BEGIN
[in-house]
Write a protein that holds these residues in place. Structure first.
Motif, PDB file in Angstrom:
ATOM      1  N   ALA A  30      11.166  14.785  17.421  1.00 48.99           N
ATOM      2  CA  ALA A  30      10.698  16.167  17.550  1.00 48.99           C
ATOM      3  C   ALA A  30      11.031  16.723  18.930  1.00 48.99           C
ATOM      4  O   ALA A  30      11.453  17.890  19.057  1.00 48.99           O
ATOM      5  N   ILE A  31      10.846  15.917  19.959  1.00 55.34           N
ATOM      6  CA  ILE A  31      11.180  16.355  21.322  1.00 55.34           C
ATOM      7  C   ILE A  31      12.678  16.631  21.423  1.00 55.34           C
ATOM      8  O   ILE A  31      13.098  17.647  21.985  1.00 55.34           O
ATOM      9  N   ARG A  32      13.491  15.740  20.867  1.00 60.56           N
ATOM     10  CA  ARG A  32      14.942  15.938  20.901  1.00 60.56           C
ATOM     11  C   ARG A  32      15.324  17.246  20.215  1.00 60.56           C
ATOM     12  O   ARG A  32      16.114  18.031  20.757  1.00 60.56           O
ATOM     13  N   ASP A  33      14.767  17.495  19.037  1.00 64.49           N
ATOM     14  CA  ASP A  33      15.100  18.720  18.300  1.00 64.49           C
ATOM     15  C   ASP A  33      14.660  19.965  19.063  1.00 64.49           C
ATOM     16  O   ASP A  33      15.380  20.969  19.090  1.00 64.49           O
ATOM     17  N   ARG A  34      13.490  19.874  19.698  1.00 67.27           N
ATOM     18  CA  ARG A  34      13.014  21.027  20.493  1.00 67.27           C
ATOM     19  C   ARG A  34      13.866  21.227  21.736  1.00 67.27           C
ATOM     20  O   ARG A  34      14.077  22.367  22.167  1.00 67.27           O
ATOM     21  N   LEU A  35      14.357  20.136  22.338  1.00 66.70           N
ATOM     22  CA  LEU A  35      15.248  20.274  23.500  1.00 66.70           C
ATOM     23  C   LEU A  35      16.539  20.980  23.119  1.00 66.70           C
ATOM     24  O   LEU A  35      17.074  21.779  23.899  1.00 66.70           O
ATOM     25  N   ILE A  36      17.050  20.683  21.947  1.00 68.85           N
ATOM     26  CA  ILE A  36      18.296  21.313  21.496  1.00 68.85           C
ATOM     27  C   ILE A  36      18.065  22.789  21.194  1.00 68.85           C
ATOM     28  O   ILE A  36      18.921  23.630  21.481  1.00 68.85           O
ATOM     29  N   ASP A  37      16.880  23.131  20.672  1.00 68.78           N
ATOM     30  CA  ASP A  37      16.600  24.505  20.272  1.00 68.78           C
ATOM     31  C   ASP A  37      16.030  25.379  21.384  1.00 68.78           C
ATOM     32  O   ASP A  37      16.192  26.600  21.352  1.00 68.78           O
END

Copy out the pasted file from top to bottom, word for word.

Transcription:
[in-house]
Write a protein that holds these residues in place. Structure first.
Motif, PDB file in Angstrom:
ATOM      1  N   ALA A  30      11.166  14.785  17.421  1.00 48.99           N
ATOM      2  CA  ALA A  30      10.698  16.167  17.550  1.00 48.99           C
ATOM      3  C   ALA A  30      11.031  16.723  18.930  1.00 48.99           C
ATOM      4  O   ALA A  30      11.453  17.890  19.057  1.00 48.99           O
ATOM      5  N   ILE A  31      10.846  15.917  19.959  1.00 55.34           N
ATOM      6  CA  ILE A  31      11.180  16.355  21.322  1.00 55.34           C
ATOM      7  C   ILE A  31      12.678  16.631  21.423  1.00 55.34           C
ATOM      8  O   ILE A  31      13.098  17.647  21.985  1.00 55.34           O
ATOM      9  N   ARG A  32      13.491  15.740  20.867  1.00 60.56           N
ATOM     10  CA  ARG A  32      14.942  15.938  20.901  1.00 60.56           C
ATOM     11  C   ARG A  32      15.324  17.246  20.215  1.00 60.56           C
ATOM     12  O   ARG A  32      16.114  18.031  20.757  1.00 60.56           O
ATOM     13  N   ASP A  33      14.767  17.495  19.037  1.00 64.49           N
ATOM     14  CA  ASP A  33      15.100  18.720  18.300  1.00 64.49           C
ATOM     15  C   ASP A  33      14.660  19.965  19.063  1.00 64.49           C
ATOM     16  O   ASP A  33      15.380  20.969  19.090  1.00 64.49           O
ATOM     17  N   ARG A  34      13.490  19.874  19.698  1.00 67.27           N
ATOM     18  CA  ARG A  34      13.014  21.027  20.493  1.00 67.27           C
ATOM     19  C   ARG A  34      13.866  21.227  21.736  1.00 67.27           C
ATOM     20  O   ARG A  34      14.077  22.367  22.167  1.00 67.27           O
ATOM     21  N   LEU A  35      14.357  20.136  22.338  1.00 66.70           N
ATOM     22  CA  LEU A  35      15.248  20.274  23.500  1.00 66.70           C
ATOM     23  C   LEU A  35      16.539  20.980  23.119  1.00 66.70           C
ATOM     24  O   LEU A  35      17.074  21.779  23.899  1.00 66.70           O
ATOM     25  N   ILE A  36      17.050  20.683  21.947  1.00 68.85           N
ATOM     26  CA  ILE A  36      18.296  21.313  21.496  1.00 68.85           C
ATOM     27  C   ILE A  36      18.065  22.789  21.194  1.00 68.85           C
ATOM     28  O   ILE A  36      18.921  23.630  21.481  1.00 68.85           O
ATOM     29  N   ASP A  37      16.880  23.131  20.672  1.00 68.78           N
ATOM     30  CA  ASP A  37      16.600  24.505  20.272  1.00 68.78           C
ATOM     31  C   ASP A  37      16.030  25.379  21.384  1.00 68.78           C
ATOM     32  O   ASP A  37      16.192  26.600  21.352  1.00 68.78           O